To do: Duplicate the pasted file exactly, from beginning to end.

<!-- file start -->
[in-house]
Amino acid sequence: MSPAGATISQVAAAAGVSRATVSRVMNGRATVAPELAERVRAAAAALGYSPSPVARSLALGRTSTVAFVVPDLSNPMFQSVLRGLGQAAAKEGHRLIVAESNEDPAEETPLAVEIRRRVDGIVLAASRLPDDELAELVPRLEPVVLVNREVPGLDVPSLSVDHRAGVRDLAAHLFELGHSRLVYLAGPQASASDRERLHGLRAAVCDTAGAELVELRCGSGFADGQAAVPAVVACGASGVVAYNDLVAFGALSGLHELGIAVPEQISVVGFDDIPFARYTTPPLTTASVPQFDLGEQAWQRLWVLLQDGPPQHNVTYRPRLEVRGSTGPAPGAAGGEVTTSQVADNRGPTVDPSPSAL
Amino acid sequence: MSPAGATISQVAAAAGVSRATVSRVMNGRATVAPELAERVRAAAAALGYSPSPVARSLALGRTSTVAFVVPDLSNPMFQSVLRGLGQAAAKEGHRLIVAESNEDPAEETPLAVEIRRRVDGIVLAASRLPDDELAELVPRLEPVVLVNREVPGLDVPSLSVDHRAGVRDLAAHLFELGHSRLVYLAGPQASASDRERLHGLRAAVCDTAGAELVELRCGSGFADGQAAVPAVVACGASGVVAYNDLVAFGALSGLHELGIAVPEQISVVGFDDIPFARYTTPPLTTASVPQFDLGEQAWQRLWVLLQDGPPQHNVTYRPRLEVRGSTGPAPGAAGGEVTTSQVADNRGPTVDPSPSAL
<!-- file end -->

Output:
[in-house]
Amino acid sequence: MSPAGATISQVAAAAGVSRATVSRVMNGRATVAPELAERVRAAAAALGYSPSPVARSLALGRTSTVAFVVPDLSNPMFQSVLRGLGQAAAKEGHRLIVAESNEDPAEETPLAVEIRRRVDGIVLAASRLPDDELAELVPRLEPVVLVNREVPGLDVPSLSVDHRAGVRDLAAHLFELGHSRLVYLAGPQASASDRERLHGLRAAVCDTAGAELVELRCGSGFADGQAAVPAVVACGASGVVAYNDLVAFGALSGLHELGIAVPEQISVVGFDDIPFARYTTPPLTTASVPQFDLGEQAWQRLWVLLQDGPPQHNVTYRPRLEVRGSTGPAPGAAGGEVTTSQVADNRGPTVDPSPSAL
Amino acid sequence: MSPAGATISQVAAAAGVSRATVSRVMNGRATVAPELAERVRAAAAALGYSPSPVARSLALGRTSTVAFVVPDLSNPMFQSVLRGLGQAAAKEGHRLIVAESNEDPAEETPLAVEIRRRVDGIVLAASRLPDDELAELVPRLEPVVLVNREVPGLDVPSLSVDHRAGVRDLAAHLFELGHSRLVYLAGPQASASDRERLHGLRAAVCDTAGAELVELRCGSGFADGQAAVPAVVACGASGVVAYNDLVAFGALSGLHELGIAVPEQISVVGFDDIPFARYTTPPLTTASVPQFDLGEQAWQRLWVLLQDGPPQHNVTYRPRLEVRGSTGPAPGAAGGEVTTSQVADNRGPTVDPSPSAL